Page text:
Eldridge Estate Estate Pinot Noir 2009

It was on a recent visit to David Lloyd of Eldridge Estate that I was gifted a half bottle of this wine, to help warm one of the many lonely motel evenings ahead of me. I’m finally tackling it, somewhat later than I thought I would, though the delay accounts for no loss of pleasure, as this is drinking really well.

Heady, obvious pinosity leaps from the glass along with a good deal of sweet, red fruit. There are sappy edges to the aroma profile too, all underlined by well controlled oak. Although this isn’t a wild, heady style, varietal definition is crystal clear and it presents as very well balanced on opening. Savouriness does creep in with some air, and this tempers the fruit’s sweeter tendencies, which is to my taste.

Mouthfeel is voluptuous and slippery, with edges of acid and tannin texture giving way to a rather buxom impression on the tongue. Flavours are fresh in the mouth and not outsize or exaggerated. As with the nose, the palate strikes me as balanced and refined; it’s an engaging wine that also values quiet moments, those pauses that make sense of sound. The after palate is sappy and refreshingly sour, acid tightening but never quite swamping a core of red fruit.

Not a blockbuster, just a delicious Pinot.

Eldridge Estate
Price: $A35 (375mL)
Closure: Stelvin
Source: Gift

In praise of vintage lunch

A great friend of mine recently wrote: “You have to work a vintage to understand what people mean when they say vintage. It takes over your life for a defined period of time. Damage control: eat, sleep, catch up with cleaning and that’s mostly life for a few weeks. Lots of relationships are made or broken. But I love it.”

She was right and I, along with countless others in wine regions across the world, am living it.

The people with whom one works in such an intense time become very important, and the rituals one shares with them provide a sort of glue that makes vintage a highly social, as well as busy, time. I’m spending most of my time at the winery run by Tim Geddes, where Dowie Doole (amongst other producers) makes most of its red wines. Tim’s engaging wife, Amanda, is a chef, and it is her task each day to feed the hungry, tired winery troops.

There’s something slightly surreal, and at the same time outrageously civilised, about sitting down each day to an extravagantly delicious lunchtime meal, book-ended by hours of messy, physical work. At twelve each day, the small vintage crew pauses to not only to satiate our appetites but also to, just for a moment, enjoy the sorts of sensual pleasures we are, in fact, in the process of producing for others.

It’s perhaps inevitable that we all love our food, and I hope we are a receptive audience for Amanda’s exceptional cooking. But it’s so much more than just a meal. Vintage lunch at the Geddes winery has become somewhat legendary in the region, and each day sees a visitor or two eagerly joining in the ritual. There’s even the occasional guest chef, today’s being Brad Hickey of the Brash Higgins label (quesadillas, corn – delicious). Great food, a beer or two, relaxed banter as our stomachs settle; vintage lunch makes sense of the morning’s hard work and makes bearable the prospect of another late night making wine.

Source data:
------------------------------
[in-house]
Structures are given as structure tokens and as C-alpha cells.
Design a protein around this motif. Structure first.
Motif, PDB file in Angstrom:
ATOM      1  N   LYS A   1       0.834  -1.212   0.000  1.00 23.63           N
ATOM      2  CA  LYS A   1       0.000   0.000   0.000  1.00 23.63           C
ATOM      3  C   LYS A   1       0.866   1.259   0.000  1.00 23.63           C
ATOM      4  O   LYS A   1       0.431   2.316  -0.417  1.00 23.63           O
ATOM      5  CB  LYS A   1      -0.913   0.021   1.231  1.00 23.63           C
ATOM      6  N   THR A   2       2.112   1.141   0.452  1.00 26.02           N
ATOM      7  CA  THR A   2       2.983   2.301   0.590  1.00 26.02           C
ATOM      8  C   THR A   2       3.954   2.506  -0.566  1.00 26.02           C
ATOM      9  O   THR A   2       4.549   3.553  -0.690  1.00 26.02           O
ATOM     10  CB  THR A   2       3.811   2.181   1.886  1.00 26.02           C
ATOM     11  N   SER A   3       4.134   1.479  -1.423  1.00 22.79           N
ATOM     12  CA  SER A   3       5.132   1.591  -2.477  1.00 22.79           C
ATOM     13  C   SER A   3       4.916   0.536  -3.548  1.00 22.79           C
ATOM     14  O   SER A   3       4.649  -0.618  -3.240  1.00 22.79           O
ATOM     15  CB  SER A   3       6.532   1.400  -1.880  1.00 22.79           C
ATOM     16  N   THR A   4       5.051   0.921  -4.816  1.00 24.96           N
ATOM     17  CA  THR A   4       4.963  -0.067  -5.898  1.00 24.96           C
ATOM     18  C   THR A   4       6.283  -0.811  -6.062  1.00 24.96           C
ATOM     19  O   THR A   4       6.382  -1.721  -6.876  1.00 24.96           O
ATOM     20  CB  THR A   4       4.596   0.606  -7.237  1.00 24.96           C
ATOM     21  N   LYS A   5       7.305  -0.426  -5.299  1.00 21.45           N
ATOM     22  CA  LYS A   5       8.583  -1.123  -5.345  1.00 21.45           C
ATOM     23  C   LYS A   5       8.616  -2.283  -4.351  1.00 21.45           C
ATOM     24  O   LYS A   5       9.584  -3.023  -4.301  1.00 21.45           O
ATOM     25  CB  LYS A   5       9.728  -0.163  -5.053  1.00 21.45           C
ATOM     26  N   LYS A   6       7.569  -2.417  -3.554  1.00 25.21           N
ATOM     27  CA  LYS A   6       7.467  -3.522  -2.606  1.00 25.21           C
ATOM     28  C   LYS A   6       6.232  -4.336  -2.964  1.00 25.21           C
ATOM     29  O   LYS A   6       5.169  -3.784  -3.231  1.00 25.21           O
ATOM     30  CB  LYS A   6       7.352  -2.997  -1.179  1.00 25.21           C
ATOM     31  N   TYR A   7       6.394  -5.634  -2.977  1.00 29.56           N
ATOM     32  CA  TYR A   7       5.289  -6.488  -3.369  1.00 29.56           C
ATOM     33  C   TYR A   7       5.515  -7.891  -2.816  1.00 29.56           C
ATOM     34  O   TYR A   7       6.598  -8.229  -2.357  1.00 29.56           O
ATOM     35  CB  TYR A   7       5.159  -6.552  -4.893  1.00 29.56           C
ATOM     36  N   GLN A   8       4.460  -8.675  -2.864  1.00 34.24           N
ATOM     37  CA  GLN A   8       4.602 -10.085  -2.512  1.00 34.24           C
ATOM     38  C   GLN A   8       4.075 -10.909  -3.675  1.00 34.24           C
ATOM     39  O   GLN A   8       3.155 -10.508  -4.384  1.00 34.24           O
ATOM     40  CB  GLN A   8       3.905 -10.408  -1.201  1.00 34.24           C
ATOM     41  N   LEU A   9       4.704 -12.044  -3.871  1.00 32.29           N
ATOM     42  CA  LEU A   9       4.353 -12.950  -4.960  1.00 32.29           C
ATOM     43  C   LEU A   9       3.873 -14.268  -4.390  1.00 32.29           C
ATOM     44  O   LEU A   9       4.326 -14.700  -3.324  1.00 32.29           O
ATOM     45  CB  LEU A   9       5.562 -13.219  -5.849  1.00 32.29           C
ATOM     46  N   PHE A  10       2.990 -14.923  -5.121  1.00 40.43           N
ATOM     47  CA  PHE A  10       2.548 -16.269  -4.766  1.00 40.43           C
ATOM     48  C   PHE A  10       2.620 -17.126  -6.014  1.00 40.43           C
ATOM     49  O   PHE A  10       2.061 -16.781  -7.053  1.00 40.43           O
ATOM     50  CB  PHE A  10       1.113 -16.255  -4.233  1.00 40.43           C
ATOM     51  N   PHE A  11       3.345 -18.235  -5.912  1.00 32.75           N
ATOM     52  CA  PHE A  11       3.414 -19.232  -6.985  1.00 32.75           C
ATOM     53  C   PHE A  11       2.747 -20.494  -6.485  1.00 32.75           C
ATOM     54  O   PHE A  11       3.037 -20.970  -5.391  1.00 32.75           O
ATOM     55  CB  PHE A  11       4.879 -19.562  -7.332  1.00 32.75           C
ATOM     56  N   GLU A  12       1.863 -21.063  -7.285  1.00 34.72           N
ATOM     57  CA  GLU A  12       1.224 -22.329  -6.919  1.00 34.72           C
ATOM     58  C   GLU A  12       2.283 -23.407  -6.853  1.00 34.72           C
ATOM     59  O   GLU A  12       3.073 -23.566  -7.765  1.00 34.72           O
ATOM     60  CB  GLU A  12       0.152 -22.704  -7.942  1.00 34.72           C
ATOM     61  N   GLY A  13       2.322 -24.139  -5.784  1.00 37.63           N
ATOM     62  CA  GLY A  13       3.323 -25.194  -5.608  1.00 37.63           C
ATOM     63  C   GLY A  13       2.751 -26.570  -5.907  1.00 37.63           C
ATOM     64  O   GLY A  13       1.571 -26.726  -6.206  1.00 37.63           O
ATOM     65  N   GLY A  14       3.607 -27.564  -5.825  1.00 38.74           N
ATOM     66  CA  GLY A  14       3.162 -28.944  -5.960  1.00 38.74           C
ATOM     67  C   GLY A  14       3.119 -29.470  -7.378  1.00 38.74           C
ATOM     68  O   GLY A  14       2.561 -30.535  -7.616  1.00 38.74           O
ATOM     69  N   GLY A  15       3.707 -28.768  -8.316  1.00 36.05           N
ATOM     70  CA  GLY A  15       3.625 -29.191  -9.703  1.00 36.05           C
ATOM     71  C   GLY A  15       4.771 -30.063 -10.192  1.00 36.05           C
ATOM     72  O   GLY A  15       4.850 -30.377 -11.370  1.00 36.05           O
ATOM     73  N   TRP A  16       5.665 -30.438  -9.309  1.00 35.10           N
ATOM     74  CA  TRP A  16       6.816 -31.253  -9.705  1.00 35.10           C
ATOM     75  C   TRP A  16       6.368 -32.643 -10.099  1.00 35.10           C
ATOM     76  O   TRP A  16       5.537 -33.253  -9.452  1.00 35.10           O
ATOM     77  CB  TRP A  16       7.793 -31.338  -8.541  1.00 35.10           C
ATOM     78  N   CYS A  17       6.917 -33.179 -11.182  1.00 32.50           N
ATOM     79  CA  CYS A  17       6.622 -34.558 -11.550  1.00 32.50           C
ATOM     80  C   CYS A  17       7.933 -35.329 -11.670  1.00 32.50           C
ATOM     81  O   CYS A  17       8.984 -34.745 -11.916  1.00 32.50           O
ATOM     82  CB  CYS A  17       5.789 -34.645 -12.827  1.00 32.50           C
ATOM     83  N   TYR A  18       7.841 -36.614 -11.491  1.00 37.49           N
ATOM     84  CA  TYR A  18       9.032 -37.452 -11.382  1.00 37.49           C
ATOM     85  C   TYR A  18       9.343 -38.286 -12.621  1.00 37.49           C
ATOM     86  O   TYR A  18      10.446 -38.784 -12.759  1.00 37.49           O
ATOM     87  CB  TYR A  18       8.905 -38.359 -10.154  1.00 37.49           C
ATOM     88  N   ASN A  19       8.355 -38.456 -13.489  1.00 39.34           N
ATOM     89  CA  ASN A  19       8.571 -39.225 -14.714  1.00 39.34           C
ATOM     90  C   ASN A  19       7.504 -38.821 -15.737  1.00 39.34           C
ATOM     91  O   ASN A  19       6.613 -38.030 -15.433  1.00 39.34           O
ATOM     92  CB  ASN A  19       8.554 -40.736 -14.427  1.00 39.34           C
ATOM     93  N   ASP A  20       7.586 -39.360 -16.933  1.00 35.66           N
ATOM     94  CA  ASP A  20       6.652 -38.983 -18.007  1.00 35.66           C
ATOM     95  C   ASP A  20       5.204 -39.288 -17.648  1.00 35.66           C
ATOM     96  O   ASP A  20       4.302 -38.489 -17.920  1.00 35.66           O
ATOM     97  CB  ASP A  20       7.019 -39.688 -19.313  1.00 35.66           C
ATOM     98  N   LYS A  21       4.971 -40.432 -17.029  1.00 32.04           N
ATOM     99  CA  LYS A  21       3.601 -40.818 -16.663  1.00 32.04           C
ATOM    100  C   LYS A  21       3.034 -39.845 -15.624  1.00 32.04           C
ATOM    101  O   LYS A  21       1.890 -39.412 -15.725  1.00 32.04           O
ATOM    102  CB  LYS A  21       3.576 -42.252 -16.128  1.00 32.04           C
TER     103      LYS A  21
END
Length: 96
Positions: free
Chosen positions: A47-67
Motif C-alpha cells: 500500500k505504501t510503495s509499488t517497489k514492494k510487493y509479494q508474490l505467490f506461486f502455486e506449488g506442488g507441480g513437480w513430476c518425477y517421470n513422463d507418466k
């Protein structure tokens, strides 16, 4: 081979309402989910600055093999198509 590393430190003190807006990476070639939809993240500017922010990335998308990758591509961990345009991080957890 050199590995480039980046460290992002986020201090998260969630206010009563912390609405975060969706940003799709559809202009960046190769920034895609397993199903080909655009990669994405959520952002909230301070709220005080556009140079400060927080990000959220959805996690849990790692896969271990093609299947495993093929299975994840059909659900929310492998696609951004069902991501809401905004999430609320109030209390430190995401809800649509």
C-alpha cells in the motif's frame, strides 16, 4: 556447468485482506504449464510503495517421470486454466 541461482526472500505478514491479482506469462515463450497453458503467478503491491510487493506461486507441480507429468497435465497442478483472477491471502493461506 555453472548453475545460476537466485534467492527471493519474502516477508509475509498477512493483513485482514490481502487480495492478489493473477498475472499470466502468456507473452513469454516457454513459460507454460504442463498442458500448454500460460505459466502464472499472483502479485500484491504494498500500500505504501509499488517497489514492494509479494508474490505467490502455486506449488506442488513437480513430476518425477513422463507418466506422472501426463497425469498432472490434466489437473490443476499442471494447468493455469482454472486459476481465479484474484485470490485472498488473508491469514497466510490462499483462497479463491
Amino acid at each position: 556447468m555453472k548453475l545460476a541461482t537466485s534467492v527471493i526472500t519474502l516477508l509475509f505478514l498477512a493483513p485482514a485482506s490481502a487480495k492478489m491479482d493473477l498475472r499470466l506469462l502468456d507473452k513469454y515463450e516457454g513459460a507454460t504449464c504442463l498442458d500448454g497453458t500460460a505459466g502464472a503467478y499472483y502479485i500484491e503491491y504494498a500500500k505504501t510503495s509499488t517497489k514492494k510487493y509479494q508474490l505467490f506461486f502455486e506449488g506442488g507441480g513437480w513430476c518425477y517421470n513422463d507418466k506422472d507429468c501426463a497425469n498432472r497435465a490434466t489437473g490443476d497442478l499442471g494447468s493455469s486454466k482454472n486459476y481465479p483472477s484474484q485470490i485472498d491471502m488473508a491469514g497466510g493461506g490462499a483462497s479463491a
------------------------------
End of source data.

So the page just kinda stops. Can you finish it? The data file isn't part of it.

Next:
I wonder what’s on the menu tomorrow?

Geddes Wines Seldom Inn Shiraz 2006

As unfashionable as it may be, I’m a true believer in the importance of people in wine. To be clear, I’m not advocating a brutish obliteration of place, but rather for the inclusion of humans, from viticulturist through winemaker to drinker, in our concept of what makes a wine compelling. Wine is natural only in the most basic, uninteresting sense, and it truly comes alive when its agricultural origins collide with a raft of cultural practices and, ultimately, with the aesthetics of the people who drink it.

The role, in all this, of the consulting winemaker, is problematic. Often charged with the task of bringing to life a client’s vision, the consultant risks losing his voice and becoming simply the guardian of best practice and sound outcomes. Which makes this particular wine interesting to me. Tim Geddes is the consulting winemaker behind some of the hottest young brands coming out of McLaren Vale. I’ve gotten to know Tim a little, as the winery I’m doing vintage with, Dowie Doole, makes its red wines in Tim’s winery. Though Tim is clearly in demand as a winemaker for others, I’ve been more and more curious to know what he might make under his own name. This wine is my first clue. The Seldom Inn range forms a second label for Geddes Wines.

The nose here is fragrant and spicy, with cedar oak and forest floor characters complementing fresh berry fruit. Brown spice and bottle aged notes back up higher toned aromas. As an aroma profile it’s all well and good, but what’s especially interesting is its finesse. This is no McLaren Vale fruit bomb. Rather, the aromas are subtle, intertwined, thoughtful, not light so much as well defined and nimble.

The palate creeps up on you, with fresh berry fruit the first flavour to register, followed by gentle brown spice, cigar box and elegant hints of bottle age. Acid structure is still very present, and the wine has fantastic length. Tannins are firm and drying, complementing attractive tobacco notes on the finish. As with the nose, flavours are well articulated and adult, with as many savoury as sweet characters. This is a wine of subtlety and, at this stage, notable complexity, and happily it does not overreach in terms of intensity.

In many ways this is a quiet wine, knitting together its flavours gently, never thrusting its qualities into the drinker’s face. If this is what Tim Geddes thinks good wine should taste like, I may just go along for the ride.

Geddes Wines
Price: $A22
Closure: Stelvin
Source: Sample